Dealing with Sight and Hearing Loss in Senior Pets: How Pet Parents Can Make it Easier


Like humans, our pets suffer from failing hearing and diminishing eyesight in their senior years. Although these changes are not painful, they can be stressful for our aging pets. However, pet parents can help their pets by understanding what's happening and developing coping strategies for vision and hearing loss.

We’ve looked into what causes hearing and and sight loss, how to test for them at home, and come up with some ways we can assist our ageing pets as they navigate through this time of their lives.

Hearing impairment

Hearing loss in our older pets is caused by the damage or death of the inner ear's hair cells.

These cells are responsible for picking up sound vibrations, generating a nerve impulse, and sending it to the brain for interpretation.

Damage to our pets’ inner ears may be caused by an accident or noise-induced trauma, but cell death is generally due to genetics or as a consequence of ageing.

Hearing loss doesn't happen overnight; it takes several years and is gradual. Pet owners often miss the initial stages of age-related hearing loss as our furry friends hardly give us clues.

Initially, dogs often lose certain frequencies. They may be able to hear a man's deep voice but not a woman's higher-pitched vocals.

To test if our pets are losing or have lost their hearing, there is simple test you can do at home. Snap your fingers behind your pets head or jingle some keys or a bell. You should get a startle reflex or they look at you. If they don’t, try clapping instead. If there is still no response is it likely they are very stubborn and completely ignoring you, or they may have lost or are losing their hearing.

Hearing loss – what you can do

Hearing aids are very rarely used in dogs or cats as a treatment option for deafness. So lifestyle changes for pet owners and our senior pets will keep them safe and happy for years to come.

Here are our top tips:

  • If you take your hearing impaired dog or cat walking keep on a leash or in a fenced yard. Remember they may not be able hear cars and other hazards. 
  • Learn to communicate using hand signals. Essential signals are: sit, stay, come, down, good and no. 
  • Avoid situations that could be dangerous. Don’t allow your pet to roam outside, near lawnmowers or other animals. 
  • Feed your pet food that has a stronger odour so they know when it is mealtime by smell and can find their food dishes. 
  • Use vibration, such as stomping your foot or clapping your hands, so they know you are nearby. 
  • Attach a tag to their collar with your contact number and a small note that says, “I am deaf”.

The most important thing is to maintain consistency and routine.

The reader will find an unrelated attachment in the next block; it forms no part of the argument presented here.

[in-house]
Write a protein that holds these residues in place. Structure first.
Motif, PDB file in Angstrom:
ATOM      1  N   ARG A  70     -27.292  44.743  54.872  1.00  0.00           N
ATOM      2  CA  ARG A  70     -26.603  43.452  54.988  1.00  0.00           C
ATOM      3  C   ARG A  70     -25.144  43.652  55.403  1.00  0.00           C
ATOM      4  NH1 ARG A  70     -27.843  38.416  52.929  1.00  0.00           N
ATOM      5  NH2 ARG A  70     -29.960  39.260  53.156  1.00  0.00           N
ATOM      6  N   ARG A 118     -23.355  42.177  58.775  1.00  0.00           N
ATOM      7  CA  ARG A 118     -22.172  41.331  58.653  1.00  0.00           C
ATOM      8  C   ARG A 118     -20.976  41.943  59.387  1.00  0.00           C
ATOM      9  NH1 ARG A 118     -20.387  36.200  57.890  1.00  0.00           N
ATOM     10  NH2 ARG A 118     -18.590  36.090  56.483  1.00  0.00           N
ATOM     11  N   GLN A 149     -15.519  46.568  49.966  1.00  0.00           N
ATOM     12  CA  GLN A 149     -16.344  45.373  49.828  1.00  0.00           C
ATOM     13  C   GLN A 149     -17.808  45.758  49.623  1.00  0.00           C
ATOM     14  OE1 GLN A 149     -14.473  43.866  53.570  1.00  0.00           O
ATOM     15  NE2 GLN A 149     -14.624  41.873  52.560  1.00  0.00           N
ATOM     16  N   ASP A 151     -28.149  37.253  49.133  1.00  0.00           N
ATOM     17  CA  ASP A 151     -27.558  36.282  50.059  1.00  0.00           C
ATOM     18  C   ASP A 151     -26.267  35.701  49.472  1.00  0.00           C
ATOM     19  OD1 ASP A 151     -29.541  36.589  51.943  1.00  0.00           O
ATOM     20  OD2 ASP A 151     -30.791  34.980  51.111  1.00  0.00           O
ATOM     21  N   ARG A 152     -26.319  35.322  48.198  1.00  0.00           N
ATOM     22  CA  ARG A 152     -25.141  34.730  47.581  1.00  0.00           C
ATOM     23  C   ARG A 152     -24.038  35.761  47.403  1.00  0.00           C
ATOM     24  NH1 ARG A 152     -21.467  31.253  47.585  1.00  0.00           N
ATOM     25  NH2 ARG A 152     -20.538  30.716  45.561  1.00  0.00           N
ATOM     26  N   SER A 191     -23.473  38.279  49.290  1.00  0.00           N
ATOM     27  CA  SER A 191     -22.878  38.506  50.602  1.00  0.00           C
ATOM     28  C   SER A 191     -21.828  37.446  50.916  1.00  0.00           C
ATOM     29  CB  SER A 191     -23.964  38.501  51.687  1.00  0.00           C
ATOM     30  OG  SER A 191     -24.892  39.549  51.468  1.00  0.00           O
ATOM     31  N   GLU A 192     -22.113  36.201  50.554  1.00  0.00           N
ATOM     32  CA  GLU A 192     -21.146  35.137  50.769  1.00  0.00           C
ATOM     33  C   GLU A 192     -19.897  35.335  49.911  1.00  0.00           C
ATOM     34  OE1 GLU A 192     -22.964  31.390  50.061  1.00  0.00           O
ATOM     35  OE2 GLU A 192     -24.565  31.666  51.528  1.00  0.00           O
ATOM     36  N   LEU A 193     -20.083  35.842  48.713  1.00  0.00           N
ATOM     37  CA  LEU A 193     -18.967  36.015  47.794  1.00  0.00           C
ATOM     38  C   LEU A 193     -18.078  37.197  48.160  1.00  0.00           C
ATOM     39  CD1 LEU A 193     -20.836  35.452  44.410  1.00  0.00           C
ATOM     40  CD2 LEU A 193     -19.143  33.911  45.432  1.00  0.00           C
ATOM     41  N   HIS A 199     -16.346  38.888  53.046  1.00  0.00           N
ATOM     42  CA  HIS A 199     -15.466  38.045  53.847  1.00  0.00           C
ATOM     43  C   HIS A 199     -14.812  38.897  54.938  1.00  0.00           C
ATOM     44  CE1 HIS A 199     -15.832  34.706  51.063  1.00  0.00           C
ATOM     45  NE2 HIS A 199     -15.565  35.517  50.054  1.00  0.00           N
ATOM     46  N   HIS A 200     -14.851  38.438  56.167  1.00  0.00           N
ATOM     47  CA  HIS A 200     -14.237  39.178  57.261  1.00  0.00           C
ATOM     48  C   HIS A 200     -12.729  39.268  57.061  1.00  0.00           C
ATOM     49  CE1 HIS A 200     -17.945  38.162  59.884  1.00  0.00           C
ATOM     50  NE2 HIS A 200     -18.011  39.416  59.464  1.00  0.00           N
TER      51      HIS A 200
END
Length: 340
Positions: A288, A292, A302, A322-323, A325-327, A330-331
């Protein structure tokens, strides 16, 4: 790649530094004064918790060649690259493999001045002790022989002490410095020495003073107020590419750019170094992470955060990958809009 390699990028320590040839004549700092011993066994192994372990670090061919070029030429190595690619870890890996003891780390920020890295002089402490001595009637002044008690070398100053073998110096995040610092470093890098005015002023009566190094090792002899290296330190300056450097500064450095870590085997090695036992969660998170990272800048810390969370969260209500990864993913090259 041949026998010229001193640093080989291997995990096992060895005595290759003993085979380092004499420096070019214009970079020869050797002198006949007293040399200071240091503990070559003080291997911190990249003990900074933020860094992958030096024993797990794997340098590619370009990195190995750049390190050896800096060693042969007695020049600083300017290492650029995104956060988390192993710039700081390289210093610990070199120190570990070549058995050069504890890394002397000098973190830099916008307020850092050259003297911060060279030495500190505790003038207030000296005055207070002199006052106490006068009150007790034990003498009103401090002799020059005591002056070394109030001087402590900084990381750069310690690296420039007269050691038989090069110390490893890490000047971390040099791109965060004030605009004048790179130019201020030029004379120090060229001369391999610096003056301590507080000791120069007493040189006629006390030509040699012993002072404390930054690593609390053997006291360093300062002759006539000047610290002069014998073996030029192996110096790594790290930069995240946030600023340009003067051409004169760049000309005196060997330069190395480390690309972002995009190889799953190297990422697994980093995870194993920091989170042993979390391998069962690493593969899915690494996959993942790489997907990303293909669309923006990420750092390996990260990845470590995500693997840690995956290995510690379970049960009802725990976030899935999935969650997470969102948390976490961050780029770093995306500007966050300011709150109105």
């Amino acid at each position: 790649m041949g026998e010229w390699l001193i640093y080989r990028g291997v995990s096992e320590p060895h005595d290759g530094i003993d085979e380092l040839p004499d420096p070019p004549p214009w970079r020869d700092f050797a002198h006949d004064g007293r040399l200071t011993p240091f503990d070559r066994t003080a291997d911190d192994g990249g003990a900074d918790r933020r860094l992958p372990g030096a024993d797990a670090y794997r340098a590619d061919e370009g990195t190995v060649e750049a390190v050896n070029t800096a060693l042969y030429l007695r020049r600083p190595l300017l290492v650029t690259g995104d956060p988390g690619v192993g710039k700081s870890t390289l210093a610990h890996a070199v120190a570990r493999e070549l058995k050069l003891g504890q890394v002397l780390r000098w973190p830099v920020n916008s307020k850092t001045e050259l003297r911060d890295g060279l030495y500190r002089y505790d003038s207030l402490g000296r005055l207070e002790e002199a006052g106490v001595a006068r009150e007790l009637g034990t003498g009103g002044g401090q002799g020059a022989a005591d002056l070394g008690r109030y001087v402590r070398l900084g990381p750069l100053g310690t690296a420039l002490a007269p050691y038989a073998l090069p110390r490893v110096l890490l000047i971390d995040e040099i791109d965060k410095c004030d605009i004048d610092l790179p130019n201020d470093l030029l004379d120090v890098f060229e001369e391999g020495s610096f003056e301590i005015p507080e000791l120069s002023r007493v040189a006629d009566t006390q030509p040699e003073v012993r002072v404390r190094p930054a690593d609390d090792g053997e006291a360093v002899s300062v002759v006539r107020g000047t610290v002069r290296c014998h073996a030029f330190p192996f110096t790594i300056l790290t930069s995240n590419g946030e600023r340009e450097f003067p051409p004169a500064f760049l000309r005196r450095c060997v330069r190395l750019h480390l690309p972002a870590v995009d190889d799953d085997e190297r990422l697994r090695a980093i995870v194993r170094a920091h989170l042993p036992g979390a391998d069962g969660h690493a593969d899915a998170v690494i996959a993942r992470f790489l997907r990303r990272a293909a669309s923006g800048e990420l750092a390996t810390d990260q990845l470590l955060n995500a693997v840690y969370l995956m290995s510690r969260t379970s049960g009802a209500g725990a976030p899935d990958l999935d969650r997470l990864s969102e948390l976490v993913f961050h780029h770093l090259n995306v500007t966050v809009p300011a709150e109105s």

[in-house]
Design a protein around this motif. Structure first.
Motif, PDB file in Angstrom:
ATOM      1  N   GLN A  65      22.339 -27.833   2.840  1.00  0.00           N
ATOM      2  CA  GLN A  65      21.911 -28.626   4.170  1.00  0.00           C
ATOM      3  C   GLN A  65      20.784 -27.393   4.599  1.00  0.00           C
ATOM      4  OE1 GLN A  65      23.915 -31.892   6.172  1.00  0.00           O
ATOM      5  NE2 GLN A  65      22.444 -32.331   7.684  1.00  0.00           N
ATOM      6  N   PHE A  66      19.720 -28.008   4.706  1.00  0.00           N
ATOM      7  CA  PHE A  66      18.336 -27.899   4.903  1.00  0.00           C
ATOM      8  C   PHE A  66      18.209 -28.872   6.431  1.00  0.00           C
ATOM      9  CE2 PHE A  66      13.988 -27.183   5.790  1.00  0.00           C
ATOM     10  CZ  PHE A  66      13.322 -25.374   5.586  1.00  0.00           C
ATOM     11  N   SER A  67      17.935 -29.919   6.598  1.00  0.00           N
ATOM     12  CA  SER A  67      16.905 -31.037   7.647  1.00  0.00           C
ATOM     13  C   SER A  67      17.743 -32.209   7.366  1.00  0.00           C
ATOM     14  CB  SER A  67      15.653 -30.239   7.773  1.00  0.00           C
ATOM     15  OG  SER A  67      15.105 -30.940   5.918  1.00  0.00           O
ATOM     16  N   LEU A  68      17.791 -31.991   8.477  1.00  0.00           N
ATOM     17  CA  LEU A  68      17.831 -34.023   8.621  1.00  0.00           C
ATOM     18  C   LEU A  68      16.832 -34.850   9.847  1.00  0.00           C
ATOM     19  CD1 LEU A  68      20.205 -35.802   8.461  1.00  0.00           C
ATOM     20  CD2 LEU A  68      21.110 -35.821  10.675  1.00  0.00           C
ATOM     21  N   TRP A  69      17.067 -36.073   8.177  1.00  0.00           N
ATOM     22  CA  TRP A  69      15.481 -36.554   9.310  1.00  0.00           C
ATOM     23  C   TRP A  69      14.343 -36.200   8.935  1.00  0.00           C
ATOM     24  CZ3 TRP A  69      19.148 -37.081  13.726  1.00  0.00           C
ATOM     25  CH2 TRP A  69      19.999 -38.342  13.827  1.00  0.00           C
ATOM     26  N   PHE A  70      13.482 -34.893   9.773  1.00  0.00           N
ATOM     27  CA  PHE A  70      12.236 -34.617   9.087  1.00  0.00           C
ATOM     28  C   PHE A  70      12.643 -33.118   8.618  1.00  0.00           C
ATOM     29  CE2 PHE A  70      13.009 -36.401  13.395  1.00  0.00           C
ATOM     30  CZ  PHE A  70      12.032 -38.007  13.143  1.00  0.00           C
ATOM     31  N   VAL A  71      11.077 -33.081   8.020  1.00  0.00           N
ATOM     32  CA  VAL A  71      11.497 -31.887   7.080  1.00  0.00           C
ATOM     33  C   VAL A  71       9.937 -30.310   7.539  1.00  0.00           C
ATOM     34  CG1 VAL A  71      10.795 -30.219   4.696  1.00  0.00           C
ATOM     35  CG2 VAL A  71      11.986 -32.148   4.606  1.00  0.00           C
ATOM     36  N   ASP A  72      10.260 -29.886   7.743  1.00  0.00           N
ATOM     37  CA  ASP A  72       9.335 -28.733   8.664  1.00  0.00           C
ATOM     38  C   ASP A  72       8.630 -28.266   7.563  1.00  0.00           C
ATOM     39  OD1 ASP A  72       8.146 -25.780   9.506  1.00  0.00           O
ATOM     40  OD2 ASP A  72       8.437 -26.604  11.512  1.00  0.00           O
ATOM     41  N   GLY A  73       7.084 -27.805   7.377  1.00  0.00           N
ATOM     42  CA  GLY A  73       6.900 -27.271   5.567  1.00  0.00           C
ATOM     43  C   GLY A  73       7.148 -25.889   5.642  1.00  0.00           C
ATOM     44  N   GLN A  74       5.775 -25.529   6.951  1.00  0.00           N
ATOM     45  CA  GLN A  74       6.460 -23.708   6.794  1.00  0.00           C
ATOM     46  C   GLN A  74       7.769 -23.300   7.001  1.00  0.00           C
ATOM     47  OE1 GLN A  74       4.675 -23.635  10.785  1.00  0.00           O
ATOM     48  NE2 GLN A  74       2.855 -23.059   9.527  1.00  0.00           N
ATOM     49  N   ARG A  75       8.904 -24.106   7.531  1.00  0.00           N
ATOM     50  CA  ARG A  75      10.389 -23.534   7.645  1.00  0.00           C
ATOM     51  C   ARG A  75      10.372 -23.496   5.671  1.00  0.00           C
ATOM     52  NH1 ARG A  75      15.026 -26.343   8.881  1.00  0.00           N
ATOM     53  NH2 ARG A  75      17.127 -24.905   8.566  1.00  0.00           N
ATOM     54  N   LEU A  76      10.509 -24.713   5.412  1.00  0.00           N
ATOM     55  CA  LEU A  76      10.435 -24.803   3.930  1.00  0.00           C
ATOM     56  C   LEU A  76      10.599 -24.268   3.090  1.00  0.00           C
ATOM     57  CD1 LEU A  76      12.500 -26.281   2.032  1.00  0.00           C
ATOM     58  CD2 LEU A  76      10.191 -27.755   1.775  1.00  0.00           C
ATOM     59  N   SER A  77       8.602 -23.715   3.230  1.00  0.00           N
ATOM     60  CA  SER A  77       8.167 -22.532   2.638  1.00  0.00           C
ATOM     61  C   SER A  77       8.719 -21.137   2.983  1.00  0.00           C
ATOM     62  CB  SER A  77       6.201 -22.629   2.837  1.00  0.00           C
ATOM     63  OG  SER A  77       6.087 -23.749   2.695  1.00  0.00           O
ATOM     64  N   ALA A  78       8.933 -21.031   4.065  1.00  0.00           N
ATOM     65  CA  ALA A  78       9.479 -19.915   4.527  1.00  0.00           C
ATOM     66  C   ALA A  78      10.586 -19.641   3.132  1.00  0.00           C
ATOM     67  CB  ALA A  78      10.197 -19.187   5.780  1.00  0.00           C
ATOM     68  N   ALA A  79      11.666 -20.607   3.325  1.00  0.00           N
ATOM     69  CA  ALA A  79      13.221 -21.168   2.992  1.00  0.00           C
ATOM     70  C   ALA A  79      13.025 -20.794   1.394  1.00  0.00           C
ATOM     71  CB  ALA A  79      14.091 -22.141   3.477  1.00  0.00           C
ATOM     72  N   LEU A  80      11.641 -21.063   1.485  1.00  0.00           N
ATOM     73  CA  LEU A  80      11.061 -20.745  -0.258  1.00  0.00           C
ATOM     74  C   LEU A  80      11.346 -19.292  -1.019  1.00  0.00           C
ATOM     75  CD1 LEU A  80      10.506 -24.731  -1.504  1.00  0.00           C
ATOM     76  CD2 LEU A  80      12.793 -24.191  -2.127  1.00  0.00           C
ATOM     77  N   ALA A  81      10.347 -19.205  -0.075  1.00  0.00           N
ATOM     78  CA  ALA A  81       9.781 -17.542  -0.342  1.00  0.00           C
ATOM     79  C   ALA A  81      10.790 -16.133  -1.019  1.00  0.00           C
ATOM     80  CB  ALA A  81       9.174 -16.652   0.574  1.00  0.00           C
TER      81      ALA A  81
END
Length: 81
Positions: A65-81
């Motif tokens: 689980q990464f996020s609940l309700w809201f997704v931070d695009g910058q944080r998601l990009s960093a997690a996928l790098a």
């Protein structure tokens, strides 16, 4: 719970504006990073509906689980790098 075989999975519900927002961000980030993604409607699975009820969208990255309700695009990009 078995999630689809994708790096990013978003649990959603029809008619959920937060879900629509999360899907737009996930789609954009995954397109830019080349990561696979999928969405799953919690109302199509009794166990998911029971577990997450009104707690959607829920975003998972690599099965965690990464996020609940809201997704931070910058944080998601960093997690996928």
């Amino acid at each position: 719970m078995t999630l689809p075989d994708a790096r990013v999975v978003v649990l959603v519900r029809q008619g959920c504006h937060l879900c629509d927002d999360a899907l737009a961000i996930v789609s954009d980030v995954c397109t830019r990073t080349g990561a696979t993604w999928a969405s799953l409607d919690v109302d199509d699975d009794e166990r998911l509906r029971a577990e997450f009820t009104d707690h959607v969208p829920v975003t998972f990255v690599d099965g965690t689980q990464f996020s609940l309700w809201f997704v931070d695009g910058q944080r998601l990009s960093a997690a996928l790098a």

Of course, if you are concerned visit your vet for some tests as hearing loss may also indicate an infection and may not be permanent. 

Vision loss

Vision loss in our older pets causes them to bump into things, and act hesitantly especially if going down stairs. They also have trouble navigating sidewalks and curbs, don’t recognise their owners from a distance and can not catch objects as they once did.

One obvious sign of loss of sight is the change in colour and look of your pets eyes, this could be caused by a cataract developing, could be congenital or even because of diabetes. If you notice this and it affects your pets mobility, get your vet to check it out.

You can do a simple test of your pets vision at home. Simply turn down the lighting to where you can see, then place cardboard boxes along a hallway. If when called your pet has difficulty navigating through the boxes, he or she may have reduced vision.

Vision loss - What you can do

If your senior pet suffers from vision loss, its not the end of the world. Here are some tips to help you enjoy your time with your senior pet despite them not being able to look lovingly into your eyes:

  • Make sure your pet is familiar with their home environment and avoid moving furniture around. Doing this will reduce their stress, and enable them to easily navigate around.
  • Keep your home free of hazards. Remove all obstacles and sharp objects and secure balconies and windows to avoid accidents.
  • Improve lighting in the home, particularly in the areas where your pets spend most of their time. Use nightlights, patio and stair lights as these will help them to have better vision in low-light conditions.
  • Ensure that food and water are in an accessible space. Avoiding moving food and water dishes to different locations if possible.
  • Give them interactive toys that produce noise and possess interesting textures. This will provide mental stimulation as well as encourage continued exercise.
  • Create a safe outdoor space where your senior pet can roam and explore. Fill it with familiar landmarks so that way they will know how to navigate back to the house entrance.
  • Avoid startling senior pets and triggering their anxiety. Try approaching them from the front gently.
  • In a new environment, stay with your pet until they get comfortable.
  • In the case of severe vision issues, please consult with a veterinarian ophthalmologist for surgery or specialised care to improve their eyesight.

Caring for our senior pets with vision or hearing loss needs some adjustment and paying particular attention to them.  It's painful seeing them lose their vision and sight, however, by recognising their impediments and making some changes at home we can help make it a better time for them.

As we always recommend, if you are concerned or don’t feel confident you can assist your pet d with their vison and hearing losses, consult with your vet.